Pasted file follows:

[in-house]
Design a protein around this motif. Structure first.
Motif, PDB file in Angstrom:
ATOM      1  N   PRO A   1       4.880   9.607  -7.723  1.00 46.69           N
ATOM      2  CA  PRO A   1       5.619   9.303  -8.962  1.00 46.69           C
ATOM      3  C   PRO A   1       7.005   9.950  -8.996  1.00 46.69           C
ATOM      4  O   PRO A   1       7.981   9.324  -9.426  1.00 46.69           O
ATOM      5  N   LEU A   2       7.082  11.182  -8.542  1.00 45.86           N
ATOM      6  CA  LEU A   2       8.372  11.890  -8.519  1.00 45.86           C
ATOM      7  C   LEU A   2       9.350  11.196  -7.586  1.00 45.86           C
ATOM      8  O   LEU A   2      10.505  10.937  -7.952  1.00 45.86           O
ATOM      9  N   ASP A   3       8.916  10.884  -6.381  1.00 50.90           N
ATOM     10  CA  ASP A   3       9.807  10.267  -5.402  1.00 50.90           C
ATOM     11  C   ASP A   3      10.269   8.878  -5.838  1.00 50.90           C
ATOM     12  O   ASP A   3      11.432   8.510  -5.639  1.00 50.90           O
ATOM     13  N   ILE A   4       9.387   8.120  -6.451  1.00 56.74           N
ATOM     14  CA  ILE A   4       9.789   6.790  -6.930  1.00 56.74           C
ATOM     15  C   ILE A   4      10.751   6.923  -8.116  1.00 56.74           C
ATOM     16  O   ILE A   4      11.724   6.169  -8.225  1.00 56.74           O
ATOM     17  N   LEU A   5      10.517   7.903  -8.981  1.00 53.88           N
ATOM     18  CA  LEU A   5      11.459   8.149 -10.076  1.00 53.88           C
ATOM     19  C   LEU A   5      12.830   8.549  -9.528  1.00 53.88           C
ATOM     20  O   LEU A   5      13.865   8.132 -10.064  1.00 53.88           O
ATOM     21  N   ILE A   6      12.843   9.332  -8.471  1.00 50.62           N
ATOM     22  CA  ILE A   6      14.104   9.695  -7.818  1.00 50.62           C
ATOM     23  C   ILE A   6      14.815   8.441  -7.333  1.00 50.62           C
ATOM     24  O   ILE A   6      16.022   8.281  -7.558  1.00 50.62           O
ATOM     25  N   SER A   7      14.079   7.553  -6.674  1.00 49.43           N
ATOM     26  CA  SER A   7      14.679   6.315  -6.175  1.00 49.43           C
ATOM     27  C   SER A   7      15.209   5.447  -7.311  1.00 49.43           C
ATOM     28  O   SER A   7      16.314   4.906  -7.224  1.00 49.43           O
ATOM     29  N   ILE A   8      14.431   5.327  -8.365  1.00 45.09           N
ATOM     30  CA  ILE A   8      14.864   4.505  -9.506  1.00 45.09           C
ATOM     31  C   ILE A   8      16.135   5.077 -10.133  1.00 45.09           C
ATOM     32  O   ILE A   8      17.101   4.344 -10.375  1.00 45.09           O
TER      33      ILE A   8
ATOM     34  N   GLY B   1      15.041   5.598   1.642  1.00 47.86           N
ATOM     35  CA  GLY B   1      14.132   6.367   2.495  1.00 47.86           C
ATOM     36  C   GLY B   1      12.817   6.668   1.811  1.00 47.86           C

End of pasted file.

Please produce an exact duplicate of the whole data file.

[in-house]
Design a protein around this motif. Structure first.
Motif, PDB file in Angstrom:
ATOM      1  N   PRO A   1       4.880   9.607  -7.723  1.00 46.69           N
ATOM      2  CA  PRO A   1       5.619   9.303  -8.962  1.00 46.69           C
ATOM      3  C   PRO A   1       7.005   9.950  -8.996  1.00 46.69           C
ATOM      4  O   PRO A   1       7.981   9.324  -9.426  1.00 46.69           O
ATOM      5  N   LEU A   2       7.082  11.182  -8.542  1.00 45.86           N
ATOM      6  CA  LEU A   2       8.372  11.890  -8.519  1.00 45.86           C
ATOM      7  C   LEU A   2       9.350  11.196  -7.586  1.00 45.86           C
ATOM      8  O   LEU A   2      10.505  10.937  -7.952  1.00 45.86           O
ATOM      9  N   ASP A   3       8.916  10.884  -6.381  1.00 50.90           N
ATOM     10  CA  ASP A   3       9.807  10.267  -5.402  1.00 50.90           C
ATOM     11  C   ASP A   3      10.269   8.878  -5.838  1.00 50.90           C
ATOM     12  O   ASP A   3      11.432   8.510  -5.639  1.00 50.90           O
ATOM     13  N   ILE A   4       9.387   8.120  -6.451  1.00 56.74           N
ATOM     14  CA  ILE A   4       9.789   6.790  -6.930  1.00 56.74           C
ATOM     15  C   ILE A   4      10.751   6.923  -8.116  1.00 56.74           C
ATOM     16  O   ILE A   4      11.724   6.169  -8.225  1.00 56.74           O
ATOM     17  N   LEU A   5      10.517   7.903  -8.981  1.00 53.88           N
ATOM     18  CA  LEU A   5      11.459   8.149 -10.076  1.00 53.88           C
ATOM     19  C   LEU A   5      12.830   8.549  -9.528  1.00 53.88           C
ATOM     20  O   LEU A   5      13.865   8.132 -10.064  1.00 53.88           O
ATOM     21  N   ILE A   6      12.843   9.332  -8.471  1.00 50.62           N
ATOM     22  CA  ILE A   6      14.104   9.695  -7.818  1.00 50.62           C
ATOM     23  C   ILE A   6      14.815   8.441  -7.333  1.00 50.62           C
ATOM     24  O   ILE A   6      16.022   8.281  -7.558  1.00 50.62           O
ATOM     25  N   SER A   7      14.079   7.553  -6.674  1.00 49.43           N
ATOM     26  CA  SER A   7      14.679   6.315  -6.175  1.00 49.43           C
ATOM     27  C   SER A   7      15.209   5.447  -7.311  1.00 49.43           C
ATOM     28  O   SER A   7      16.314   4.906  -7.224  1.00 49.43           O
ATOM     29  N   ILE A   8      14.431   5.327  -8.365  1.00 45.09           N
ATOM     30  CA  ILE A   8      14.864   4.505  -9.506  1.00 45.09           C
ATOM     31  C   ILE A   8      16.135   5.077 -10.133  1.00 45.09           C
ATOM     32  O   ILE A   8      17.101   4.344 -10.375  1.00 45.09           O
TER      33      ILE A   8
ATOM     34  N   GLY B   1      15.041   5.598   1.642  1.00 47.86           N
ATOM     35  CA  GLY B   1      14.132   6.367   2.495  1.00 47.86           C
ATOM     36  C   GLY B   1      12.817   6.668   1.811  1.00 47.86           C